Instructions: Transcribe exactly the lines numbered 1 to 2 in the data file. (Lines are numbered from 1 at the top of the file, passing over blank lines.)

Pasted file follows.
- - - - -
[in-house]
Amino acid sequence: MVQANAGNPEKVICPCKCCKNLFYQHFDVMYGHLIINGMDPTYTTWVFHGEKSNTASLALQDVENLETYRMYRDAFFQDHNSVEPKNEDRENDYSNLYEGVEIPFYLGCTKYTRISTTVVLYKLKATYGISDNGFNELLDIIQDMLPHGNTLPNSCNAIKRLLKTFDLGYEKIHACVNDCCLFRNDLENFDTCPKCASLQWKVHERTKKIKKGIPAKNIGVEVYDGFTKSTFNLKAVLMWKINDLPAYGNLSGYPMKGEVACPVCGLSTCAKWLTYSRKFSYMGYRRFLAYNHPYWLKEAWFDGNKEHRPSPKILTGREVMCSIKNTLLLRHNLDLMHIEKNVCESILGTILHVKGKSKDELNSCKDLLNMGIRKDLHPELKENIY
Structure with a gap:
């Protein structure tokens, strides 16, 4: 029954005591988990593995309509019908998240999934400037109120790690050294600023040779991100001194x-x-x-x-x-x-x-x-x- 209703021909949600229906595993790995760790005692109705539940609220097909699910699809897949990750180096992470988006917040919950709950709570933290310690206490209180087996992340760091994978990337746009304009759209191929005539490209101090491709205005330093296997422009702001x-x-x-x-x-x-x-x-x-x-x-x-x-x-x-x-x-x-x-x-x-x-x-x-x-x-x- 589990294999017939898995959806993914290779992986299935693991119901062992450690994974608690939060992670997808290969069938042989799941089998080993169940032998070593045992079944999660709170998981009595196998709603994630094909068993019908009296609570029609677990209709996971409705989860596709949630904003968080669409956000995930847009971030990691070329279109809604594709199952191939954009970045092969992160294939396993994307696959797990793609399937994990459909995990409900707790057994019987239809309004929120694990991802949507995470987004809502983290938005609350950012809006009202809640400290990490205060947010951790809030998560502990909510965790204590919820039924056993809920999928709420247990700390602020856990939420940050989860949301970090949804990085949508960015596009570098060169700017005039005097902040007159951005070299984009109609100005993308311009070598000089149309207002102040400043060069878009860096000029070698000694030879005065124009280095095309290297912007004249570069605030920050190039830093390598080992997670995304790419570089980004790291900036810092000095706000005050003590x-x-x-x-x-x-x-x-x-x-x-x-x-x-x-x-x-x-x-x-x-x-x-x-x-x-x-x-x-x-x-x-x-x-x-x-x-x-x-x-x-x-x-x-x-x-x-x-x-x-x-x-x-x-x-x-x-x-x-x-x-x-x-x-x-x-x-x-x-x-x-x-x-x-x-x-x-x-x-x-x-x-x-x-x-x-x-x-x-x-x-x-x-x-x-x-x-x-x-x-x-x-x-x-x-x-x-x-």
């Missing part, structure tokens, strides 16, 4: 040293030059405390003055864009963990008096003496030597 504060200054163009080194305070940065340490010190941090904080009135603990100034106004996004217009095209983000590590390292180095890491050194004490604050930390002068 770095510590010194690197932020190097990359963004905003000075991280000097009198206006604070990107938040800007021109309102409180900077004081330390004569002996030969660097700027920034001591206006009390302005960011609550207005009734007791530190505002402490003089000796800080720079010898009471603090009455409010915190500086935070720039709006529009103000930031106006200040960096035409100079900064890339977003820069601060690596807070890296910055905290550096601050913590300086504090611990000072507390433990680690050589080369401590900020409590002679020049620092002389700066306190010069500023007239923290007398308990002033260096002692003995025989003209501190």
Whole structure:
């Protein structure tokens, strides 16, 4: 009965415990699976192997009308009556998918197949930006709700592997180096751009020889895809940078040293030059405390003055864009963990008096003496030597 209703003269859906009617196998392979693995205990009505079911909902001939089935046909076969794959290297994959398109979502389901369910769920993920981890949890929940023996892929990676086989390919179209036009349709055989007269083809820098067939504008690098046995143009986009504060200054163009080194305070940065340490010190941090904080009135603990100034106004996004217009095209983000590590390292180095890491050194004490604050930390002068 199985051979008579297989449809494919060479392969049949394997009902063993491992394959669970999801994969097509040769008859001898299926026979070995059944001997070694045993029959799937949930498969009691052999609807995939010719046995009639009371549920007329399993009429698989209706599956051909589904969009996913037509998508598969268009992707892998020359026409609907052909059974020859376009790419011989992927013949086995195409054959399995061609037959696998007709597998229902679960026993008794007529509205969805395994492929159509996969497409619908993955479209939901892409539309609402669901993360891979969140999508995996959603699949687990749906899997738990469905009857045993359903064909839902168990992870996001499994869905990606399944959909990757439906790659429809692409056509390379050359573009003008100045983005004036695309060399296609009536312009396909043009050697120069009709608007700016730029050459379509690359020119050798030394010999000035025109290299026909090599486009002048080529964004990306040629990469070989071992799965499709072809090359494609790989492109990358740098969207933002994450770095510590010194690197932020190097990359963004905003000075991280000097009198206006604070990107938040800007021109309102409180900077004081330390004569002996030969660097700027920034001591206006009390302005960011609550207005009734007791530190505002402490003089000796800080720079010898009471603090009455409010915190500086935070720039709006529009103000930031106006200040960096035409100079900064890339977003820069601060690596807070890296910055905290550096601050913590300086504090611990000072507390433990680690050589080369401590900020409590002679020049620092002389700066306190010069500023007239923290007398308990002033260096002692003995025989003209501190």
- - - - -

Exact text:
[in-house]
Amino acid sequence: MVQANAGNPEKVICPCKCCKNLFYQHFDVMYGHLIINGMDPTYTTWVFHGEKSNTASLALQDVENLETYRMYRDAFFQDHNSVEPKNEDRENDYSNLYEGVEIPFYLGCTKYTRISTTVVLYKLKATYGISDNGFNELLDIIQDMLPHGNTLPNSCNAIKRLLKTFDLGYEKIHACVNDCCLFRNDLENFDTCPKCASLQWKVHERTKKIKKGIPAKNIGVEVYDGFTKSTFNLKAVLMWKINDLPAYGNLSGYPMKGEVACPVCGLSTCAKWLTYSRKFSYMGYRRFLAYNHPYWLKEAWFDGNKEHRPSPKILTGREVMCSIKNTLLLRHNLDLMHIEKNVCESILGTILHVKGKSKDELNSCKDLLNMGIRKDLHPELKENIY